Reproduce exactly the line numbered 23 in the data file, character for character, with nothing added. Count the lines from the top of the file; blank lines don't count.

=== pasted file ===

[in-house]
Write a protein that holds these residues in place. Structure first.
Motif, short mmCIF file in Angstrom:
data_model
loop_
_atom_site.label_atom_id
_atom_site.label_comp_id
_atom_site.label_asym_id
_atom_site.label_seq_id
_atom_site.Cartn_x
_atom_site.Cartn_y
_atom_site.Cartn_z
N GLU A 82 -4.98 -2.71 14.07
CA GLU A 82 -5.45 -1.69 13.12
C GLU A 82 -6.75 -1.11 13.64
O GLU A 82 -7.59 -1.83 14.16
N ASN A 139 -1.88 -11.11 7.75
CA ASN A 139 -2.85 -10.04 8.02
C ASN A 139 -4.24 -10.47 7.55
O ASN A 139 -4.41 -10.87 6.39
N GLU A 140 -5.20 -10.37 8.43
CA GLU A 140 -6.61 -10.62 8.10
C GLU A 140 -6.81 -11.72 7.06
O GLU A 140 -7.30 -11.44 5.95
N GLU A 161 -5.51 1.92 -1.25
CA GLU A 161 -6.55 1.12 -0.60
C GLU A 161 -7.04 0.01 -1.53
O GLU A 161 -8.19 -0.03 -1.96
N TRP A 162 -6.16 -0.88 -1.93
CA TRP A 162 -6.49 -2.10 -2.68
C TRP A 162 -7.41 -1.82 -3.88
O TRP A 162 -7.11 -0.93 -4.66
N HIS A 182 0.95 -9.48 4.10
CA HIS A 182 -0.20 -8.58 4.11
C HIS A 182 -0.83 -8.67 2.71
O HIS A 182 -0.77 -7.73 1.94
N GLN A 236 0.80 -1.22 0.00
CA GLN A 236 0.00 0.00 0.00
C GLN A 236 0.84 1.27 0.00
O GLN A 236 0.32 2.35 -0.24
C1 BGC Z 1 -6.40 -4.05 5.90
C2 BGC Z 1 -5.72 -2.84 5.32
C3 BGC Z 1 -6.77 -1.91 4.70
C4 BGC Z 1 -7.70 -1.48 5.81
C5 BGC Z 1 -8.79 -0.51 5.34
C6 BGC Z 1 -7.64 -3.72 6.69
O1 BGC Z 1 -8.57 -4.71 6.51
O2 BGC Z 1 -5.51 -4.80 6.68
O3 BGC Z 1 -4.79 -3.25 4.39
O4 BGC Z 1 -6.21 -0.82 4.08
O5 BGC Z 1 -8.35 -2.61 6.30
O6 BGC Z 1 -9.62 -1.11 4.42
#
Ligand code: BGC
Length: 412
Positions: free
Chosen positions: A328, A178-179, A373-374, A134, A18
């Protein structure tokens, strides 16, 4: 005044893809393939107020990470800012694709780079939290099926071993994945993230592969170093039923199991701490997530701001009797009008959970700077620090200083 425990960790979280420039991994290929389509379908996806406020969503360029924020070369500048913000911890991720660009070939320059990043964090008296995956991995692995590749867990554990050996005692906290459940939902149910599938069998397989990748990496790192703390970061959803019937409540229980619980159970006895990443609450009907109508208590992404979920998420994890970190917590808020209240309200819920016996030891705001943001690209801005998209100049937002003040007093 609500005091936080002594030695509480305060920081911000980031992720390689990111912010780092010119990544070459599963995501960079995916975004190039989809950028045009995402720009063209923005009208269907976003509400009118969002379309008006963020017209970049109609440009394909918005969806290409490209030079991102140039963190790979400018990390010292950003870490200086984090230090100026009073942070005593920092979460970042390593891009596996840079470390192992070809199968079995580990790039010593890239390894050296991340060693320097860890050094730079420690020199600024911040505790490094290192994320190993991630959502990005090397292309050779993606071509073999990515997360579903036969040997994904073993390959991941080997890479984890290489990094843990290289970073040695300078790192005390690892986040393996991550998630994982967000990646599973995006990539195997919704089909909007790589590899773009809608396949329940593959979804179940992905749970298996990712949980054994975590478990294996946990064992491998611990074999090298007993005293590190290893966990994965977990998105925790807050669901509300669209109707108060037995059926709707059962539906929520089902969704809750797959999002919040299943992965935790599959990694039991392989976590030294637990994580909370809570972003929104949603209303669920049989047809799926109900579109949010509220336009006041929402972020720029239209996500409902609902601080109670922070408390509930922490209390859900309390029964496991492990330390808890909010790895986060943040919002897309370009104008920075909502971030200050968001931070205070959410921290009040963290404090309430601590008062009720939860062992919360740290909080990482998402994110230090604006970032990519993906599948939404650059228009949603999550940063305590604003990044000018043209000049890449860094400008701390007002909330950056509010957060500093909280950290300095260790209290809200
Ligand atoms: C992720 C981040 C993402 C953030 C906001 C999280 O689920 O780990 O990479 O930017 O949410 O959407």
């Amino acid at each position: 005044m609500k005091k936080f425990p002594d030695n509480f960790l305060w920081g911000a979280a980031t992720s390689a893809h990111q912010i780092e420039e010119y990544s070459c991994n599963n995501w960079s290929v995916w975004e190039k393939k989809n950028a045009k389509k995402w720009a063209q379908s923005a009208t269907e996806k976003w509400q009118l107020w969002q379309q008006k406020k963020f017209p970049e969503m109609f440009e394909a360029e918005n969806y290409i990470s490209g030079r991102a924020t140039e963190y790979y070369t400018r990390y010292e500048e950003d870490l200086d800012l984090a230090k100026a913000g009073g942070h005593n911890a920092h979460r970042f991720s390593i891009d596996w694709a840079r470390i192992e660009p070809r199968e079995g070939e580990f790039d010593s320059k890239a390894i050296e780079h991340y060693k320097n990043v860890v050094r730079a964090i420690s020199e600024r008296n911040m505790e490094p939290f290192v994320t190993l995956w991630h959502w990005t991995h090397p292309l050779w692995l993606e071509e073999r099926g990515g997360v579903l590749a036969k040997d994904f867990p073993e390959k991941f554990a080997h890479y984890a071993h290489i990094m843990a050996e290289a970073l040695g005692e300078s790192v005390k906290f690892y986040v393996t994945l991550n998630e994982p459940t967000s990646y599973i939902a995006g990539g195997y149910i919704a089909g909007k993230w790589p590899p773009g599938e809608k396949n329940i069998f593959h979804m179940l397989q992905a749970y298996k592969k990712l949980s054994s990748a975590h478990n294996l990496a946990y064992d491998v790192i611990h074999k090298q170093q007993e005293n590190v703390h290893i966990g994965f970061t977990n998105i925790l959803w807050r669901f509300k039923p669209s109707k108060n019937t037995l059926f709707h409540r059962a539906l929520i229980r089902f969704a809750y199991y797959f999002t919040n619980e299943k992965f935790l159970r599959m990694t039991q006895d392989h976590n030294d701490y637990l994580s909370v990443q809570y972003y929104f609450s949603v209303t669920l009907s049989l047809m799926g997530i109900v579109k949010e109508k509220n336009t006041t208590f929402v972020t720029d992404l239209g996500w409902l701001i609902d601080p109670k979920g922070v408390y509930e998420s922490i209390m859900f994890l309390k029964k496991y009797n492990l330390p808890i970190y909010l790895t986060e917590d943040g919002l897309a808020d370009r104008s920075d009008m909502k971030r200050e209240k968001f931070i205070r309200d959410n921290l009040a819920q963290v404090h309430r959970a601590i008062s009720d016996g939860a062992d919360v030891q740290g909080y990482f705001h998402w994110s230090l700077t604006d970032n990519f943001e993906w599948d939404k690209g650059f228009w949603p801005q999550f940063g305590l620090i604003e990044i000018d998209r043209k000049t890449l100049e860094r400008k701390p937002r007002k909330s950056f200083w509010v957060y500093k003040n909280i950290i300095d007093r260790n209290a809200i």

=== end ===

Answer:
C GLU A 140 -6.81 -11.72 7.06